Investors identified the U.S. fiscal cliff as the “top tail risk” in a September survey, according to Bank of America Corp.
Thirty-five percent of global investors listed the so-called fiscal cliff, which may prompt more than $600 billion in spending cuts and tax increases unless Congress acts, as the biggest risk. That exceeds the 33 percent who are most concerned with Europe’s sovereign-debt crisis, according to the BofA Merrill Lynch Fund Manager Survey for this month.
Pessimism about Europe is fading, with asset allocators taking an overweight position in euro-zone equities for the first time since February 2011, the bank said today in a report. A net 43 percent of investors said the euro area is the most undervalued region, compared with 58 percent that identified U.S. stocks as the most overvalued, the biggest such divergence ever recorded by the survey.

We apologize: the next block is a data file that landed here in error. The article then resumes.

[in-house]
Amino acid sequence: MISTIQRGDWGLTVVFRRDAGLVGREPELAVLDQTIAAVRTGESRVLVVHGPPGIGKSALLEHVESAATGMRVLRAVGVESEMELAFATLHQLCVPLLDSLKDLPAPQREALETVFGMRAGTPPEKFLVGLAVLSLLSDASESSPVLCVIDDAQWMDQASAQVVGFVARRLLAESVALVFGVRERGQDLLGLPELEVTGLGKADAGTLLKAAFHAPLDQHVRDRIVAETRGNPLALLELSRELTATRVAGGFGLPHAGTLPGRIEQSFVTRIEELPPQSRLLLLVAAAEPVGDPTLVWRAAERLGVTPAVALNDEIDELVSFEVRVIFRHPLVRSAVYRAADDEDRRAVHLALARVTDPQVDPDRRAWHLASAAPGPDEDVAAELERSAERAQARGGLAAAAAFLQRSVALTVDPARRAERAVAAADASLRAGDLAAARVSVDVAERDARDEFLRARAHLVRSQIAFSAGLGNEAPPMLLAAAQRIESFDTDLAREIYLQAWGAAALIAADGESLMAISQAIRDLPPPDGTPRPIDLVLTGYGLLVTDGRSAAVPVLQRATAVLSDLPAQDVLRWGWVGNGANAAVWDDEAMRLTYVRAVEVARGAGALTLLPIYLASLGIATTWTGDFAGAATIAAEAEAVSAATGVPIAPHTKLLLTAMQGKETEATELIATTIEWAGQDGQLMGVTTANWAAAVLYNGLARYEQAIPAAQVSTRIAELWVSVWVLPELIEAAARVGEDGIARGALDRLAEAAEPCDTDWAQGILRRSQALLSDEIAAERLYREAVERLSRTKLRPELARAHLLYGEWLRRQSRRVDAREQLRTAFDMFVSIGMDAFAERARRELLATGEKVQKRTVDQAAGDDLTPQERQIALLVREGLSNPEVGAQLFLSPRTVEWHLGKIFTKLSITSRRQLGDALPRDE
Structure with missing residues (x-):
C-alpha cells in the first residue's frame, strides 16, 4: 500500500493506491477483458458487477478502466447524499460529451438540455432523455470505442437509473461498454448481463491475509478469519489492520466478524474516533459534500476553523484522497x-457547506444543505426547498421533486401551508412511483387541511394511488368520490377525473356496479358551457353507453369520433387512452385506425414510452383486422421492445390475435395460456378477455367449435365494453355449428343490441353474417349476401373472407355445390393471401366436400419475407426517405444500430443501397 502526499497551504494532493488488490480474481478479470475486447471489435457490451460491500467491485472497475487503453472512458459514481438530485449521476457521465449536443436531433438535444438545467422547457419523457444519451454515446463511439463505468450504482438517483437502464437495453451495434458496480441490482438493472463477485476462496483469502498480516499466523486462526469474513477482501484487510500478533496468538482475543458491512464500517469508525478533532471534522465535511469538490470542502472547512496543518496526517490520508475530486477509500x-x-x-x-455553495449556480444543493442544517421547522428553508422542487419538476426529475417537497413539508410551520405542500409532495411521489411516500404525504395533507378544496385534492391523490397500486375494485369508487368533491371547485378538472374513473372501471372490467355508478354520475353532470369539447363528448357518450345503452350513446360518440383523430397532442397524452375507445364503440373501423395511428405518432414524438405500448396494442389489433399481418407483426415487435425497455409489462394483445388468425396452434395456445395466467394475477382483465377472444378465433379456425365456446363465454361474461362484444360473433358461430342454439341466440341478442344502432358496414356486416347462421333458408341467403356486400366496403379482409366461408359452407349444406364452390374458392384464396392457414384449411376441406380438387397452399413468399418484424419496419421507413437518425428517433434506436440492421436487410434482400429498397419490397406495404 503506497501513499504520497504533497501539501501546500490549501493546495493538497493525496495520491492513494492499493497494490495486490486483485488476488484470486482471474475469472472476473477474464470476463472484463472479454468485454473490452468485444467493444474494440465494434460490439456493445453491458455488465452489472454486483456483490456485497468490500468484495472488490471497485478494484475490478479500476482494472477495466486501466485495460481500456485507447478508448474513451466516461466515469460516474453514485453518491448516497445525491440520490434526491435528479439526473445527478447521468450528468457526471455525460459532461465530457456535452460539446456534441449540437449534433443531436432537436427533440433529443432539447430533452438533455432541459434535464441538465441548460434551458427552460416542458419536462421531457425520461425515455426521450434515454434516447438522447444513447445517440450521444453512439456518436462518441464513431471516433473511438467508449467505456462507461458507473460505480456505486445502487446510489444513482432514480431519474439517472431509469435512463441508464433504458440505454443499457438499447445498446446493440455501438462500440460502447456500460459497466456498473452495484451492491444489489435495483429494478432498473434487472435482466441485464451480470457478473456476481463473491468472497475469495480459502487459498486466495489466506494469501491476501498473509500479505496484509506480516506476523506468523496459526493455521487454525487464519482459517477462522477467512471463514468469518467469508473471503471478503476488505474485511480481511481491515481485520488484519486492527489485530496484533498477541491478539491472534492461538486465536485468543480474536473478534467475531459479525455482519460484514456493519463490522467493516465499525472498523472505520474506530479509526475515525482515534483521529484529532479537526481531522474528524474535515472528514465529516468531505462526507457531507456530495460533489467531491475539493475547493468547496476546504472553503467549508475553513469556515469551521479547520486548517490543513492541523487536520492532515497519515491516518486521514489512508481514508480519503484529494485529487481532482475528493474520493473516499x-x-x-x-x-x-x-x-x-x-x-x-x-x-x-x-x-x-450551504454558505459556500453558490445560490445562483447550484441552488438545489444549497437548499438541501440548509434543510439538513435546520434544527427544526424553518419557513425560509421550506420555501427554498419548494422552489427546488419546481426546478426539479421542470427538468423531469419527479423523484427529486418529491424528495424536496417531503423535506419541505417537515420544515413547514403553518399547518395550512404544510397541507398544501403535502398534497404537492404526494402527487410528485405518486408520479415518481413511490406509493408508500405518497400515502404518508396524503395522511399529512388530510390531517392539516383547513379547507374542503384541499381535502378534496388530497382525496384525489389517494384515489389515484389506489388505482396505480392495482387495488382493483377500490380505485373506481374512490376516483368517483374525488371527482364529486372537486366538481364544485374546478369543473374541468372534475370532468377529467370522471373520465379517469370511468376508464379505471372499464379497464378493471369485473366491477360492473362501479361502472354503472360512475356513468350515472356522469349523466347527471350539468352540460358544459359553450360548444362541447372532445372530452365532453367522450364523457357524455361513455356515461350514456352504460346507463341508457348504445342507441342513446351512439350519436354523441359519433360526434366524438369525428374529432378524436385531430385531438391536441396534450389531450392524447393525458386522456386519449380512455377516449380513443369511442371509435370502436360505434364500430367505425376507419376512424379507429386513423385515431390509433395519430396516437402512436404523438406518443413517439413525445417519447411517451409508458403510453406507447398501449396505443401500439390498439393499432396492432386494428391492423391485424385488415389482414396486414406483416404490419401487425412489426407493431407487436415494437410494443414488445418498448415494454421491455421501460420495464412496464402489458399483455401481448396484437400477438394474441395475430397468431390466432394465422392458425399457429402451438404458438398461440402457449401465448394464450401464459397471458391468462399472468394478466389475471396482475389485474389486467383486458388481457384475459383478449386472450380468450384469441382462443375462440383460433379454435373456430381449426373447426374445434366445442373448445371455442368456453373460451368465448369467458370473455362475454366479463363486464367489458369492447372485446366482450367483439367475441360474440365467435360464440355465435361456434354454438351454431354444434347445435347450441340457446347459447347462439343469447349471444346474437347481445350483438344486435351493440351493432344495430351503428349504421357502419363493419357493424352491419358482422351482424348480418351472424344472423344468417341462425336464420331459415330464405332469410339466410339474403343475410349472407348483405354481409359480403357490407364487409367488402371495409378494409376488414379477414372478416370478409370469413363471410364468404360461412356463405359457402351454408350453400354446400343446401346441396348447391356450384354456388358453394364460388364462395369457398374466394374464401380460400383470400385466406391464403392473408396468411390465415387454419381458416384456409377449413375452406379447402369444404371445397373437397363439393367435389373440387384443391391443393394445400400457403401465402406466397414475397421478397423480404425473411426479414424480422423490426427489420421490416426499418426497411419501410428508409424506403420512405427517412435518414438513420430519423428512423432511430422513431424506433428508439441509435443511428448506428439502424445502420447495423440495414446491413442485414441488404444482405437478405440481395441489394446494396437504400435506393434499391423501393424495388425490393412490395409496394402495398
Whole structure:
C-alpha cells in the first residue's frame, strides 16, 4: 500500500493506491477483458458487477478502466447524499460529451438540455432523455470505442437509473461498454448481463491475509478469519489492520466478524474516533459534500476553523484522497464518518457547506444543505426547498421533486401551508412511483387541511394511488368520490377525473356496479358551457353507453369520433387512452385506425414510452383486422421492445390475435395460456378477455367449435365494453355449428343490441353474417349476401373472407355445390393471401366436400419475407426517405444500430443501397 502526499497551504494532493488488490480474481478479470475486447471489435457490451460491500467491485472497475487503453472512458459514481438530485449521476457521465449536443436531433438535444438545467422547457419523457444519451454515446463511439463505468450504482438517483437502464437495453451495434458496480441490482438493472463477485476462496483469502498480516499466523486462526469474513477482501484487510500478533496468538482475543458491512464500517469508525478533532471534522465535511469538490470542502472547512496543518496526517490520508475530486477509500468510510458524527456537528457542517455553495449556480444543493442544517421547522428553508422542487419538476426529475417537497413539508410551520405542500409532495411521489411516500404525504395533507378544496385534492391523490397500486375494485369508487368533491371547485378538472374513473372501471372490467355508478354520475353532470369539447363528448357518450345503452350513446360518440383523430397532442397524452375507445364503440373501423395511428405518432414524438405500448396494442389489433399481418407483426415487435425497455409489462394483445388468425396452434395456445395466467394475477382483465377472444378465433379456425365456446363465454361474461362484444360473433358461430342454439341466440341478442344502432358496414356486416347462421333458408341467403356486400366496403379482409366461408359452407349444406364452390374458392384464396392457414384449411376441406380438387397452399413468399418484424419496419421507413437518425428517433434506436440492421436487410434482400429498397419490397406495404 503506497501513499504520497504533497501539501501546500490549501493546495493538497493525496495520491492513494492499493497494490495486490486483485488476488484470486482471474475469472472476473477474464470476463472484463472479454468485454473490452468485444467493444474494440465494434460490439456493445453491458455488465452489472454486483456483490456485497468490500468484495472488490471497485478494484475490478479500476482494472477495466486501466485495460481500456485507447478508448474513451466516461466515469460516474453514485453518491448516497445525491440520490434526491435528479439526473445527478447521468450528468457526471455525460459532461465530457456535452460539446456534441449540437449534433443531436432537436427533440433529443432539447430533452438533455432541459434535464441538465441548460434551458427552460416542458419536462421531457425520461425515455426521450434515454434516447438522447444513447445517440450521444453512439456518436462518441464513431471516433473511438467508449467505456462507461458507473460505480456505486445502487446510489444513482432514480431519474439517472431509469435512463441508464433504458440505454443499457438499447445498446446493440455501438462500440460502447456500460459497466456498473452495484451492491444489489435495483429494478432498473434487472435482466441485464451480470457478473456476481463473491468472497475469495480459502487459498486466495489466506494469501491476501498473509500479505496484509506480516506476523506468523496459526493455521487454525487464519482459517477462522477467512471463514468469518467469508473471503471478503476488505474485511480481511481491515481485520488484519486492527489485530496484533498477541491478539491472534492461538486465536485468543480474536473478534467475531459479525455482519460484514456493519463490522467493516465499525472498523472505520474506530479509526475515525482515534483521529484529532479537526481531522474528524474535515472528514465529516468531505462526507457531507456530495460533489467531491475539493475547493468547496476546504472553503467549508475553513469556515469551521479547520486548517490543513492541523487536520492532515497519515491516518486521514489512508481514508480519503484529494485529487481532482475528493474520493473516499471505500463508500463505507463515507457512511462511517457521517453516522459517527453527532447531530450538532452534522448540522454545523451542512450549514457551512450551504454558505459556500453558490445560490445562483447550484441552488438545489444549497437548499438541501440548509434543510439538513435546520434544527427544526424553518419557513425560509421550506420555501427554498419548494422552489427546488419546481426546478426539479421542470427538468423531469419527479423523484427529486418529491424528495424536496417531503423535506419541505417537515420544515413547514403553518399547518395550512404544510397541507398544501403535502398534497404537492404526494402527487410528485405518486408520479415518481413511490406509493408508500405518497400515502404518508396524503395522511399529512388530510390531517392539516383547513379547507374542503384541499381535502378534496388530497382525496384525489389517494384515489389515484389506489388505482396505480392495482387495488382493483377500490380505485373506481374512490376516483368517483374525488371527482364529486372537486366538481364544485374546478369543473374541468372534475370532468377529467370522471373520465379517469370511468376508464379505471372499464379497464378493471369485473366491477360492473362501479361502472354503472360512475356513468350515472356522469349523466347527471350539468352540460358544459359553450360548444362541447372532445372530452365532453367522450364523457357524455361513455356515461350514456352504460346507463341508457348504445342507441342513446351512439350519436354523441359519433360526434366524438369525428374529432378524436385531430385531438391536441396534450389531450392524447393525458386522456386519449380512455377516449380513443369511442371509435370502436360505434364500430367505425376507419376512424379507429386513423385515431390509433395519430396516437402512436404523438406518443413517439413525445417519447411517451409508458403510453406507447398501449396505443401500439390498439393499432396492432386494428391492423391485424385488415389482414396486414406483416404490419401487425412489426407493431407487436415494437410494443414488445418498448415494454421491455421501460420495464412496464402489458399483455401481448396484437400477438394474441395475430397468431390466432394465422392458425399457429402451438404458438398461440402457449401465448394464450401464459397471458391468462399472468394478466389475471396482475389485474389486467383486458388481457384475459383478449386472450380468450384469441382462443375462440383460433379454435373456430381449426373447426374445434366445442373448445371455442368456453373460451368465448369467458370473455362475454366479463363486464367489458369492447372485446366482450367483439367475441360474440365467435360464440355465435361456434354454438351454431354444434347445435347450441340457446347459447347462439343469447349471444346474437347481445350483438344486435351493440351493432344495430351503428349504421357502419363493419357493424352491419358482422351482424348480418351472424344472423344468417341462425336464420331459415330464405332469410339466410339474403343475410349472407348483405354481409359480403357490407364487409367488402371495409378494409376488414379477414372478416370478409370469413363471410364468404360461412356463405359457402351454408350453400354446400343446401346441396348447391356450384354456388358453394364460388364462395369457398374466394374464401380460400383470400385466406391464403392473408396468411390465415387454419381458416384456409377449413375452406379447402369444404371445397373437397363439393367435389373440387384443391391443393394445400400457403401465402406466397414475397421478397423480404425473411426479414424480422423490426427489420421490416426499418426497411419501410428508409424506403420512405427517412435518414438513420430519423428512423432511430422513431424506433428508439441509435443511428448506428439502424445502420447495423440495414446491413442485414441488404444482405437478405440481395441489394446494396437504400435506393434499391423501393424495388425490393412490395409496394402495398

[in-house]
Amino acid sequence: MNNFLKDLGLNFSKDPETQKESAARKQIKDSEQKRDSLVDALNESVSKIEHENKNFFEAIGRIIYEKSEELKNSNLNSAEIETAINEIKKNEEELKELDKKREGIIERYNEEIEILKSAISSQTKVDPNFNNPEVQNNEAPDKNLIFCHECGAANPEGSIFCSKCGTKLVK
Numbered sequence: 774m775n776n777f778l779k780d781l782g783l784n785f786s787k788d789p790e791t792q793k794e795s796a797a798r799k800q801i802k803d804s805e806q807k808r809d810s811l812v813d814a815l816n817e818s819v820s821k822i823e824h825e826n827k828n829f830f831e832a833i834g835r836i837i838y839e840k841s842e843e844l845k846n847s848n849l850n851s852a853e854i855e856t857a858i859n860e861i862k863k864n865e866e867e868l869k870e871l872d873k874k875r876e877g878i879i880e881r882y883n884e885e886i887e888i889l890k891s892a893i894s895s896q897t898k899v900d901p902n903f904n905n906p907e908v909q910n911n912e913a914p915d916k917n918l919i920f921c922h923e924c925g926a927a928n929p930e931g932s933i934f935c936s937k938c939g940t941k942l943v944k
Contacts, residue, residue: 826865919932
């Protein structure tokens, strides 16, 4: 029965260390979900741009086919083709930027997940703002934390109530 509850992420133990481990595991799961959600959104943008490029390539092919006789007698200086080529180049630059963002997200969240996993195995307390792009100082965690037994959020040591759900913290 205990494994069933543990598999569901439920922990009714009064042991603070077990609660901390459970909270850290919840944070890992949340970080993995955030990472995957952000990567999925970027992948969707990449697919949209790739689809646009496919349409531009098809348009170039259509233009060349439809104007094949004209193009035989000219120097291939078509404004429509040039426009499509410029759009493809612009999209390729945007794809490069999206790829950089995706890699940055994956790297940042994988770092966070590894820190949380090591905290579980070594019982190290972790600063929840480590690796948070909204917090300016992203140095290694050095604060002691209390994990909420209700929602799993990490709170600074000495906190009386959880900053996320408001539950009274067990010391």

A net 24 percent of investors said Japan is the region they most want to underweight, double the level listed in August.
Tail risk refers to the outlying points, or tails, on bell-shaped curves that forecasters use to plot the probability of losses or gains in a given market.
Bank of America said it surveyed a total of 253 panelists overseeing $681 billion from Sept. 7 to Sept. 13.